Nicola Sturgeon launches rival lockdown roadmap for Scotland vowing to be MORE cautious than Boris Johnson with regional ‘tiers’
- Nicola Sturgeon to set out lockdown exit strategy for Scotland this afternoon
- Immediate priorities for reopening will be education and more social interaction
- She has already confirmed that Scotland will return to geographic levels system
The Scottish First Minister will set out her roadmap this afternoon, one day after Boris Johnson published his plan for England.
Ms Sturgeon has said Scotland’s path out of lockdown will not be identical to the UK Government‘s but it will be ‘broadly similar’.
One major difference will be that Scotland will return to a system of geographic levels while England will exit lockdown as a whole and will not be going back to tiers.
Ms Sturgeon said overnight that Scotland ‘cannot continue in lockdown indefinitely and we must plan a gradual phased return to as much normality as possible’.
First Minister Nicola Sturgeon will today unveil her lockdown exit strategy for Scotland
Ms Sturgeon’s plan is expected to be ‘broadly similar’ to the one Boris Johnson unveiled yesterday for England
The old levels system in Scotland was split into five different tiers, ranging from Level 0 to Level 4, with designations depending on things like case numbers and the rate of transmission.
Areas in Level 4 were subject to restrictions close to that of a full lockdown, with non-essential shops closed while six people from two households could meet outdoors.
Level 0 was as close to normal life as possible, with people allowed to meet indoors with eight people from three households and businesses allowed to open with safety measures in place.
Ms Sturgeon’s plan for loosening restrictions is expected to prioritise the return of children to education, sports activities for young people and limited social interaction for adults.
‘We know we cannot continue in lockdown indefinitely and we must plan a gradual phased return to as much normality as possible,’ she said.
‘The restrictions we have put in place are difficult for individuals, families and businesses across Scotland, but they are working – case numbers have decreased, the numbers of people in hospital and needing intensive care are coming down and we are now seeing fewer vulnerable people dying from this horrible illness.
‘This means we can begin to consider how, carefully and gradually, we can return to some normality in Scotland.
‘A limited number of children and young people were able to return to school yesterday and we have prioritised this because children’s education and wellbeing is such an overriding priority.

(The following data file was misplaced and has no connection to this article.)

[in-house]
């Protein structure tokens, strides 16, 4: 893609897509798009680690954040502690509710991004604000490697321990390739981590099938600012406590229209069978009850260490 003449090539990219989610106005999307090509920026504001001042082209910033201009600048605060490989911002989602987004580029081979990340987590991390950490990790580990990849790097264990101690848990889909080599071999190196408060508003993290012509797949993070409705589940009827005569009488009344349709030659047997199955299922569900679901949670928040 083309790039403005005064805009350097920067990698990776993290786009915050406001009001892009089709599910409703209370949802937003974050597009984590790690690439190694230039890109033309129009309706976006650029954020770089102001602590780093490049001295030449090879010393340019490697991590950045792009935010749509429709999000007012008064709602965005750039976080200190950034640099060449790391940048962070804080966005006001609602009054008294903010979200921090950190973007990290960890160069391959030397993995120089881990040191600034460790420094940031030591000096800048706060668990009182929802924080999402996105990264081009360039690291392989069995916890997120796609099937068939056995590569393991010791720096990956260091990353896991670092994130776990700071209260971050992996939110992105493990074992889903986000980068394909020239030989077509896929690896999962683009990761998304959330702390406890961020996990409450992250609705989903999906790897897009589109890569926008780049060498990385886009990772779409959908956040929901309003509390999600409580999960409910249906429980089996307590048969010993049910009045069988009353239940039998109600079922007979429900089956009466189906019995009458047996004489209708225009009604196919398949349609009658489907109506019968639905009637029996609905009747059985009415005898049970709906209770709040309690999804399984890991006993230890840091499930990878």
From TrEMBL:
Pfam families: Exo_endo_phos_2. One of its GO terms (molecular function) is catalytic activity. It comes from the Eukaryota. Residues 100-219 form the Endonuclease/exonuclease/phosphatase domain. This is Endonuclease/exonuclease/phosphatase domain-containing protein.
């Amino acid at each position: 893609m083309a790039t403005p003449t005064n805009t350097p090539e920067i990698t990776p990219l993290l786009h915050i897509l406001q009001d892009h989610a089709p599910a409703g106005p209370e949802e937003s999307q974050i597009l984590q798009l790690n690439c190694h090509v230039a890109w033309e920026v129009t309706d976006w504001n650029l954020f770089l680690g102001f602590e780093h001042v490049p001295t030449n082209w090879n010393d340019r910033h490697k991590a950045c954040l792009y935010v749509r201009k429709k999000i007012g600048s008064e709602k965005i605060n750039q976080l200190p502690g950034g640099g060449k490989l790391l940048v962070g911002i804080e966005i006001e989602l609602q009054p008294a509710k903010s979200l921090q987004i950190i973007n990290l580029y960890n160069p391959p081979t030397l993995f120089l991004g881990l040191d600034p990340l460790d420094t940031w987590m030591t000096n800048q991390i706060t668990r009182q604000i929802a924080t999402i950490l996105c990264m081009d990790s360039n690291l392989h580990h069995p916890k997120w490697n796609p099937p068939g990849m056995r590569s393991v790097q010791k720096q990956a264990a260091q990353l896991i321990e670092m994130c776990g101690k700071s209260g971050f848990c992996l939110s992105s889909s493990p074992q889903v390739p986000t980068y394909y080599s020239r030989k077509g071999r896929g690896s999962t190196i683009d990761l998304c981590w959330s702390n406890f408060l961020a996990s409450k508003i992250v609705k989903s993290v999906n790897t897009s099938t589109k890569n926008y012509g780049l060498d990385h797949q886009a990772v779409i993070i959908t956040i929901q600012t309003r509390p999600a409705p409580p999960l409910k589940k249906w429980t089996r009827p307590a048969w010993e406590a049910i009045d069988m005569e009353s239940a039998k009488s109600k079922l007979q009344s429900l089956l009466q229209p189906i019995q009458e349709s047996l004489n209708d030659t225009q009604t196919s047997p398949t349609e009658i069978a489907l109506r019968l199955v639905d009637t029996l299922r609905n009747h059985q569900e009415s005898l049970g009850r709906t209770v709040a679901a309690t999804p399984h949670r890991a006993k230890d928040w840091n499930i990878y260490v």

‘Of course, this has only been possible because people across Scotland have worked together and made sacrifices to bring down levels of Covid-19.
‘We hope that more children will be able to return to school later in March.
‘And we have published new guidance to enable an easing of restrictions on care home visiting from early March.
‘Beyond that, giving people the ability to meet loved ones, initially outdoors, is a priority for easing restrictions within the current level 4.’
Ms Sturgeon said the economy will be opened up when Scotland is able to ‘move back to a levels approach, with all or part of the country moving down a level’.
‘The strategic framework sets out as far as possible at this stage how we will approach the gradual easing of restrictions,’ she said.
‘We will be able to give more detail and clarity in the weeks ahead as we make further progress both on suppressing the virus and vaccinating the population, and as we understand more about the impact of vaccination.
‘However, to keep moving in the right direction and avoid setbacks caution will be necessary, which is why the framework will be clear about the need to move in a gradual way.’
The plan will set out an indicative order of priority and proposed phases – with periods of at least three weeks between them – to ease current Level 4 restrictions and then return to the geographic levels system.
Scotland’s route out of lockdown will not be identical to the UK Government’s, but will be ‘broadly similar’, Ms Sturgeon has said.
The First Minister said the data for the nations is different, but the principles of easing restrictions will be the same.